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Print 88 comment(s) - last by myocardia.. on Jun 2 at 3:09 PM


Happy days are over for drivers in Arkansas, Indiana, Nevada and Virginia, which have banned smiles on license photos.  (Source: NY Daily News)

Diana Kim, of Fairfax, Va. isn't smiling as she gets her license -- it's banned in her state.  (Source: USA Today)
Turn that smile upside down

As high-tech licenses become increasingly hard to forge, the Department of Motor Vehicles has found that one popular approach to obtaining fraudulent license is for someone to pose as a friend or colleague in an effort to get an official license.  New high-tech software uses facial recognition to warn officials if the face of the person being licensed matches someone already licensed.

However, there's one problem -- the algorithms often fail if people are making different faces in the two photos.  So four states -- Arkansas, Indiana, Nevada and Virginia -- are telling drivers to wipe that grin off their face.  No more happy days for licensing, the states have declared, drivers must adopt "neutral facial expressions".

Carnegie Mellon University robotics professor Takeo Kanade acknowledges that the move is necessary given the poor state of facial recognition technology when it comes to facial expressions.  Researchers still have yet to catch up to the inherent processing capability of the human brain, which can recognize familiar faces in a broad variety of expressions.

Karen Chappell, deputy commissioner of the Virginia DMV says that the smile ban is necessary to "make the comparison process more accurate."

Some citizens who were initially offended are changing their tune, deciding that the rule is in the best interest of national security.  States Elaine Mullen of Great Falls, Va., "It's probably safer from a national-security point of view."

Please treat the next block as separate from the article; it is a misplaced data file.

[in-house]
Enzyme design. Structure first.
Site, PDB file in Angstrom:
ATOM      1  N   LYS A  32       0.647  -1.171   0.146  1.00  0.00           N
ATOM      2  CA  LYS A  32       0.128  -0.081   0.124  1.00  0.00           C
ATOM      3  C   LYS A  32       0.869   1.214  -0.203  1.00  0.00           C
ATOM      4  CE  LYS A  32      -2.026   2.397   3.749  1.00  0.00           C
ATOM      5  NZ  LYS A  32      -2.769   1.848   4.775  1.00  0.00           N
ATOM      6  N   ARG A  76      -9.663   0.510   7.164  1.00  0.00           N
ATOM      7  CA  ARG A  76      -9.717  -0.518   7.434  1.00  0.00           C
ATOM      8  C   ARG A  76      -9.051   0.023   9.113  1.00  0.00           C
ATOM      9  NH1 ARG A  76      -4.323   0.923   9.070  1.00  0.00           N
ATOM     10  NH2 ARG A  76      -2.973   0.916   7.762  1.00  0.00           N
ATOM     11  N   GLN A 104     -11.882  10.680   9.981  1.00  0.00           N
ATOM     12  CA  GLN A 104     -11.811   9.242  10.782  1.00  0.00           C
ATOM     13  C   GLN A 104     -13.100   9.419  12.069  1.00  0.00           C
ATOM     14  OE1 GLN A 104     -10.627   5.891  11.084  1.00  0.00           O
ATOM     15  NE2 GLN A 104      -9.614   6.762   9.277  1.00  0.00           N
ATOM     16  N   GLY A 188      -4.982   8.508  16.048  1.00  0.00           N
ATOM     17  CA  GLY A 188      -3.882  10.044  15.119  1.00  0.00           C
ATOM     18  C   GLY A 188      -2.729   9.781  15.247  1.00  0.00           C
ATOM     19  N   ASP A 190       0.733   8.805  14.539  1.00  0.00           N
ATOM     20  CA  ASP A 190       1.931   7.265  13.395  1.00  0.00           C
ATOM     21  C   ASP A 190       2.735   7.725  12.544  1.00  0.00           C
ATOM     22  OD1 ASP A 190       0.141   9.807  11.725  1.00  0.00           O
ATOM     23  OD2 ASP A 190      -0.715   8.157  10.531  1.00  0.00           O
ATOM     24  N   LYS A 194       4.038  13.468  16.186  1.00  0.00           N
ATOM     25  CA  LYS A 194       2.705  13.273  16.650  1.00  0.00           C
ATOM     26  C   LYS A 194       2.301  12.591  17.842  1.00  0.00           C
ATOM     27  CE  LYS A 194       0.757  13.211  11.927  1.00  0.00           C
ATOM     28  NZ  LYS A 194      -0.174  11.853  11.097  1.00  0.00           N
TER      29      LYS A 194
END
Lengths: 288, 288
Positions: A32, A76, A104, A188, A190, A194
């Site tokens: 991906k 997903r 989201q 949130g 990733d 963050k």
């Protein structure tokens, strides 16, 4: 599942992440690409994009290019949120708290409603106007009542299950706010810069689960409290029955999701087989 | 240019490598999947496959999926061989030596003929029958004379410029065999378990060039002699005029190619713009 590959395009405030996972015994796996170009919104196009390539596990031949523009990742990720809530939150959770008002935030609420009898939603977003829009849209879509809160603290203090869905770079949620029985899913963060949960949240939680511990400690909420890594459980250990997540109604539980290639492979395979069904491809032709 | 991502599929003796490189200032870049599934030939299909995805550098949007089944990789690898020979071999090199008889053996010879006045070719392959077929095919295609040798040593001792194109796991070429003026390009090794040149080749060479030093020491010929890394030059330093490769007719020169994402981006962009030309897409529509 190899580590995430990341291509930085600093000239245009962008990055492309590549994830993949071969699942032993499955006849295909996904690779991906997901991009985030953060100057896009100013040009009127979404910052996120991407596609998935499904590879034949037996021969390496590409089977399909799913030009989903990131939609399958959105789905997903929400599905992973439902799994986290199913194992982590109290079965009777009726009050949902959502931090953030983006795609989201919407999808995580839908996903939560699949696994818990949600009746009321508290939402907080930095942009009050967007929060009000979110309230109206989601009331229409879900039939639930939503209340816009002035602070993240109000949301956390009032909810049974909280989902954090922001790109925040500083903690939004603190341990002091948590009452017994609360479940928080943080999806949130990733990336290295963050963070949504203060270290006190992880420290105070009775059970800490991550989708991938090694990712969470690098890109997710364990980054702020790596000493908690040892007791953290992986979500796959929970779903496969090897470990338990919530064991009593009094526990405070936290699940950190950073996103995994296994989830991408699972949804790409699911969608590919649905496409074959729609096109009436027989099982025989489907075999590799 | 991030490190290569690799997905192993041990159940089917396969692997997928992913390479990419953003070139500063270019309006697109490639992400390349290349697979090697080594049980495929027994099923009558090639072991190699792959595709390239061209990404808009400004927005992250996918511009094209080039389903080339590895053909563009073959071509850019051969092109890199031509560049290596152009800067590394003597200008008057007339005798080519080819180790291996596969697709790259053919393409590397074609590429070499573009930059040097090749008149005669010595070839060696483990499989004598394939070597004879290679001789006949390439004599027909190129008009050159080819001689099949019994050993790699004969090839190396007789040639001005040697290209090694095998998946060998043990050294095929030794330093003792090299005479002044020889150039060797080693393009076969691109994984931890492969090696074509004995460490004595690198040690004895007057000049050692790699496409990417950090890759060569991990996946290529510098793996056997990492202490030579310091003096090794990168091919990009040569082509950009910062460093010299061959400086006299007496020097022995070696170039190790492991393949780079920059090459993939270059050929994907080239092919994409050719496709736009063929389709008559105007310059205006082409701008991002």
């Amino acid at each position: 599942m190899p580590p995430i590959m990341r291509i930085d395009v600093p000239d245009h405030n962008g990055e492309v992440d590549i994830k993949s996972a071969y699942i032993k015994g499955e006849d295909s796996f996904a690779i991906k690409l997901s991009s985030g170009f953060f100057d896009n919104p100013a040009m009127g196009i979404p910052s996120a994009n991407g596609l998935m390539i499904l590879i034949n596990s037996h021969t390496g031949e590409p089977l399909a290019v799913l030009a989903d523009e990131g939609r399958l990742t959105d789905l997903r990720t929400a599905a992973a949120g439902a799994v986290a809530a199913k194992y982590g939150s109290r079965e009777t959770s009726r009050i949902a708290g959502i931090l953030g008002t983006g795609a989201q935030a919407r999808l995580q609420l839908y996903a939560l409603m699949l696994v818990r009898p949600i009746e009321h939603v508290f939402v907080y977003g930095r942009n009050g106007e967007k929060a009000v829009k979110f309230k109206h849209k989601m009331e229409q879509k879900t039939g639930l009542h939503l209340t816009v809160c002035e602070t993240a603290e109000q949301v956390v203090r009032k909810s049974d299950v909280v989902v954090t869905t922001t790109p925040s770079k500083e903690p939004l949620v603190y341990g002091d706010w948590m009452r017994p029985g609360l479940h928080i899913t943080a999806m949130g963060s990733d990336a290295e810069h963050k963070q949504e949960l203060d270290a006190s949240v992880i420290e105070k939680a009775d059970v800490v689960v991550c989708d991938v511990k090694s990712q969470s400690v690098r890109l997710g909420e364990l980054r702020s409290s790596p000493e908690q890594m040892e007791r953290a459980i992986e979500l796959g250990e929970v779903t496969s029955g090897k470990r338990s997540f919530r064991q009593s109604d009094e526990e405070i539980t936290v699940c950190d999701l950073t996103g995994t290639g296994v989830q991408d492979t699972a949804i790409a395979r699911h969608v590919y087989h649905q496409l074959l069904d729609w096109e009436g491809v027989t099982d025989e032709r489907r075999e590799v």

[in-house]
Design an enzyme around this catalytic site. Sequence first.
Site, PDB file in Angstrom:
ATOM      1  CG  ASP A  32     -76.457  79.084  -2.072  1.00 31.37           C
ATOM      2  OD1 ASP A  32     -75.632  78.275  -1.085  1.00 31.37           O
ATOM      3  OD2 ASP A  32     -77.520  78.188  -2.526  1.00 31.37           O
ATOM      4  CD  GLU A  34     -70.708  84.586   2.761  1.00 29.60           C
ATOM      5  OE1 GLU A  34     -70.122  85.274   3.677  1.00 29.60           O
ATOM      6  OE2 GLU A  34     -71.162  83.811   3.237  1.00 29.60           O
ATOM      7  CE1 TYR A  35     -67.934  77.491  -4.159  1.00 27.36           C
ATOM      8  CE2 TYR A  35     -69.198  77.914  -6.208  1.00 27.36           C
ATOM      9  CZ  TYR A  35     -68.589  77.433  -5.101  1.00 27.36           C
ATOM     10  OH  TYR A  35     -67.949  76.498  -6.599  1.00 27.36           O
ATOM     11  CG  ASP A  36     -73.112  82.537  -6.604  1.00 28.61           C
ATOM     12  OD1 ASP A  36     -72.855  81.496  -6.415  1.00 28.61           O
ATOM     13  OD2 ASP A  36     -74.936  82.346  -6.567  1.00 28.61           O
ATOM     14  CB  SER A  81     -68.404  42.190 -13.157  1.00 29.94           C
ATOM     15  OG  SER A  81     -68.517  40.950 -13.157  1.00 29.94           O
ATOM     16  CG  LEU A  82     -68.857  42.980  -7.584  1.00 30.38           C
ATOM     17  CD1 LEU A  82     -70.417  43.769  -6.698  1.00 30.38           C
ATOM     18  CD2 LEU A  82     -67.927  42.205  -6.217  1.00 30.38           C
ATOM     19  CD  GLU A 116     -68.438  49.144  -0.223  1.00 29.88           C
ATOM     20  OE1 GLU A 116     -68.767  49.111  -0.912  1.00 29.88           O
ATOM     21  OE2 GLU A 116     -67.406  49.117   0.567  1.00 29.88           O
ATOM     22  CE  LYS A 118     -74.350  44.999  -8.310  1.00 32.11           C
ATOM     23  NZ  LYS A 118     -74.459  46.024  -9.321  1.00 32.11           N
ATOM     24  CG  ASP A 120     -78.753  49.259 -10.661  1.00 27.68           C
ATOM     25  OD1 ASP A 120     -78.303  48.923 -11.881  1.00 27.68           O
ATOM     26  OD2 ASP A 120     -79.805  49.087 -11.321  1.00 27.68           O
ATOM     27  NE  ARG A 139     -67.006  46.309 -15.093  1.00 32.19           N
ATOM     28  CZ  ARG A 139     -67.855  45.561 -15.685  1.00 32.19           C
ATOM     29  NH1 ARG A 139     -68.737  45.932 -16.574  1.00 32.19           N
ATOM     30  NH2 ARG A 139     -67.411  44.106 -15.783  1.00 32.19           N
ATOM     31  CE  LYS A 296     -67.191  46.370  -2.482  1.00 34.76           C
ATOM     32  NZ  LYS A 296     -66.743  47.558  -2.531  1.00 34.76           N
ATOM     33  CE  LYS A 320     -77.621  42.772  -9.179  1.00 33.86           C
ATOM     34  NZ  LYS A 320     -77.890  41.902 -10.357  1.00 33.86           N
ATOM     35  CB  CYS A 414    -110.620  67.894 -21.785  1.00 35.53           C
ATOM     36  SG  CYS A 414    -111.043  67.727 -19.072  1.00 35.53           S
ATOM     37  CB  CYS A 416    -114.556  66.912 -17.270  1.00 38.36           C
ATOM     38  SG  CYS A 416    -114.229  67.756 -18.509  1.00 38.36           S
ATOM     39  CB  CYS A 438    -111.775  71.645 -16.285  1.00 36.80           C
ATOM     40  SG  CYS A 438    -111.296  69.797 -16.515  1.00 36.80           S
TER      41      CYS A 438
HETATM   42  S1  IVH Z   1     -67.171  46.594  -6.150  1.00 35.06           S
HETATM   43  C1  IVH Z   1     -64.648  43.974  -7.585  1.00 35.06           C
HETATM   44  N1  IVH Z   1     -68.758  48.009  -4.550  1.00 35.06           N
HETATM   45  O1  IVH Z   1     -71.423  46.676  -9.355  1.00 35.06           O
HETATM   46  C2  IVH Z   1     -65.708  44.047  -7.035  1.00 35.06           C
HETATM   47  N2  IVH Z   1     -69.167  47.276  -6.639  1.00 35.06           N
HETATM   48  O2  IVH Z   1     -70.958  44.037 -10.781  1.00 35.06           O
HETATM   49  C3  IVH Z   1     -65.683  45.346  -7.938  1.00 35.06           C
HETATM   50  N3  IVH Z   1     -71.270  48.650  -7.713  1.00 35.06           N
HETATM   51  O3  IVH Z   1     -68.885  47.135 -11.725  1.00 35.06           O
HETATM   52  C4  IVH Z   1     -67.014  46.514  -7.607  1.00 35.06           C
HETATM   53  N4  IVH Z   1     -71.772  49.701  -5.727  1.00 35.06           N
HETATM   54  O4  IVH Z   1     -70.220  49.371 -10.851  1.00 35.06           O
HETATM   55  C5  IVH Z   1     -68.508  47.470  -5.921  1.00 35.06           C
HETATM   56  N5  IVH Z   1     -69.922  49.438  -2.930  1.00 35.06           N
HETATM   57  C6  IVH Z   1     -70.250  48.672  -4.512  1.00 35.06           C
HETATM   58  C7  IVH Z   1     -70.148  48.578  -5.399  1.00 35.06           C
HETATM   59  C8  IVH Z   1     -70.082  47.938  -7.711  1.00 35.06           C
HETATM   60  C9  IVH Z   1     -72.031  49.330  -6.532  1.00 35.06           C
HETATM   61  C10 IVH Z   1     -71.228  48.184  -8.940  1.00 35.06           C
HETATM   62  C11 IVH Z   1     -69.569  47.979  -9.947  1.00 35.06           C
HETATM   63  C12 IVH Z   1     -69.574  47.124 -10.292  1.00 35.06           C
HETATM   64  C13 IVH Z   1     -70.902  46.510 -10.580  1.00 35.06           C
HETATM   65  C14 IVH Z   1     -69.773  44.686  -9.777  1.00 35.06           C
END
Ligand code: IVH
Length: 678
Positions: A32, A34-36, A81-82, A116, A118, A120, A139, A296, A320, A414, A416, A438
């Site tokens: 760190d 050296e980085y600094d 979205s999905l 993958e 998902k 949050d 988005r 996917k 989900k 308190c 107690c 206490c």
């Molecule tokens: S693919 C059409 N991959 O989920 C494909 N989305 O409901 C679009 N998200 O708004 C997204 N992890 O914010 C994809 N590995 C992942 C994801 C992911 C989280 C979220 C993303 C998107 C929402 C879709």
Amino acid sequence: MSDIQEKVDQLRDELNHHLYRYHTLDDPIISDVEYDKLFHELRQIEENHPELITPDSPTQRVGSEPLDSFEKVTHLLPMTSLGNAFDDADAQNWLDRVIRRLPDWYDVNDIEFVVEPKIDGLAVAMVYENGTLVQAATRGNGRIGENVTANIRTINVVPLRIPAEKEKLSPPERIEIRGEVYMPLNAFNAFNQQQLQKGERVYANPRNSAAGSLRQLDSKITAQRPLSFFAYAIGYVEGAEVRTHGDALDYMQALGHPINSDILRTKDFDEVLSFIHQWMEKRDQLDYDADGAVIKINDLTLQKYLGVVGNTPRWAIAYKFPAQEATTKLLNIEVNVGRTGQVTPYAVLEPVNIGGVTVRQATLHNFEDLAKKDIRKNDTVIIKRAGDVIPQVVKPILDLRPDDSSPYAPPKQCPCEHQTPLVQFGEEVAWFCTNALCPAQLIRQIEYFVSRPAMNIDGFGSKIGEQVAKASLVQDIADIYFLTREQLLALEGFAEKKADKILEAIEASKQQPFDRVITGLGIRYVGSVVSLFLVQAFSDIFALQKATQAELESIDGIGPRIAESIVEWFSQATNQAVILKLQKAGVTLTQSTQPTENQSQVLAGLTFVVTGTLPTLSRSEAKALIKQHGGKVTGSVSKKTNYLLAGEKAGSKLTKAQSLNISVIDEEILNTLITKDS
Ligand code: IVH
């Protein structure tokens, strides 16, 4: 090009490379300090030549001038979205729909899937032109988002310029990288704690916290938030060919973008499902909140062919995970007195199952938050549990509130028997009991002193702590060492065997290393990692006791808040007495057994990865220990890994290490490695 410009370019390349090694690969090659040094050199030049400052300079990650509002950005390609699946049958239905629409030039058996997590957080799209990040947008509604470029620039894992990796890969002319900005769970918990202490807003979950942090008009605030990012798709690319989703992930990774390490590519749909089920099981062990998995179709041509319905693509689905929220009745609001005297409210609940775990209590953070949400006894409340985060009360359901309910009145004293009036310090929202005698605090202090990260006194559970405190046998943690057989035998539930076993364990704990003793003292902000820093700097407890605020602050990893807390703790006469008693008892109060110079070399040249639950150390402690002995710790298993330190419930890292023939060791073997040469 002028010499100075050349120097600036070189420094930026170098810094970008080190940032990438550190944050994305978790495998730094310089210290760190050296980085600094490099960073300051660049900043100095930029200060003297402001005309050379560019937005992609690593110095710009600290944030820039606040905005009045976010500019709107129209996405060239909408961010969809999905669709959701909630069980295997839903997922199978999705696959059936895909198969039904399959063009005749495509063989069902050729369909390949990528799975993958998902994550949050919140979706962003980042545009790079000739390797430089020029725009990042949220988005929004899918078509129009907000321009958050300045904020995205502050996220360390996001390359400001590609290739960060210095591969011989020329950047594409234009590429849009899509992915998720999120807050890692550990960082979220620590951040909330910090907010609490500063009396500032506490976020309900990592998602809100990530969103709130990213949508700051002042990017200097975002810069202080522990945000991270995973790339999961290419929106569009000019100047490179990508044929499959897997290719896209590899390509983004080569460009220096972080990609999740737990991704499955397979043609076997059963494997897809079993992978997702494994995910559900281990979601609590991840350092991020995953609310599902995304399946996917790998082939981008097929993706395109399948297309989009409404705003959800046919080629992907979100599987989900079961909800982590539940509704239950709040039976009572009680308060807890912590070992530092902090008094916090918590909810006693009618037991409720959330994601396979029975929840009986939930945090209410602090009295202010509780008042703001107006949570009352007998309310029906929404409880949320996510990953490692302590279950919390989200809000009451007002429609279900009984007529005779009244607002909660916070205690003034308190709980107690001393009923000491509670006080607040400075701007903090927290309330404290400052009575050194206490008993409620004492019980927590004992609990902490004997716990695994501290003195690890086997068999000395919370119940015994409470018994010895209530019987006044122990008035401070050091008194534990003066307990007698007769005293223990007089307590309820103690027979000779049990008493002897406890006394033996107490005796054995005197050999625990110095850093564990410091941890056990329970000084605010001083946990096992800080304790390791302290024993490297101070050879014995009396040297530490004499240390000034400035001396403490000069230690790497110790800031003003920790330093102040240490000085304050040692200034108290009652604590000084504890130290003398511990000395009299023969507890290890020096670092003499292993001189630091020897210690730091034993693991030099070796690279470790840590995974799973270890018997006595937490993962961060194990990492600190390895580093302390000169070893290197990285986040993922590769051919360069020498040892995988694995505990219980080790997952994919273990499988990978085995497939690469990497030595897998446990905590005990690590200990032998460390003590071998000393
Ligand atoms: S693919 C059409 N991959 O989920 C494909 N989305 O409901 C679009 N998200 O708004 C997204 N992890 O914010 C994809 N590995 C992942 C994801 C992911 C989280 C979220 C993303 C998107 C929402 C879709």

Arkansas, Indiana and Nevada do still allow small smiles.  Currently 31 states in total do computerized matching of driver's license photos, and 3 others are considering it.  Of the 27 other states without anti-smiling policies, many are considering adopting similar measures.  Some states though are resisting the movement.  Pennsylvania Transportation Department spokesman Craig Yetter, states, "People can smile here in Pennsylvania."

Even without a smile-ban, Illinois stopped 6,000 people from getting fraudulent licenses since 1999, according to Beth Langen, the state head of Drivers Services.



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RE: And the sheep say...
By mindless1 on 5/28/2009 4:53:58 PM , Rating: 2
Then what's the excuse any other time?


RE: And the sheep say...
By DeepBlue1975 on 5/30/2009 11:21:55 AM , Rating: 1
Congrats. You've just ruined my amusement routine. Oh well...

But you like being called mindless, don't you?
After all, you saw that some other who likes being called "mindless" reserved the nickname first, and just because you wanted to be "mindless" so badly, you added a "1" at the end to still have the privilege of being called mindless anyway.

Interesting! Now, pray tell us about your childhood...

PS: don't feel offended or blame me, I can't resist having some free virtual fun. After all, you started it by name-calling yourself!


RE: And the sheep say...
By myocardia on 6/2/2009 3:09:34 PM , Rating: 2
Lack of intelligence, obviously.


"When an individual makes a copy of a song for himself, I suppose we can say he stole a song." -- Sony BMG attorney Jennifer Pariser














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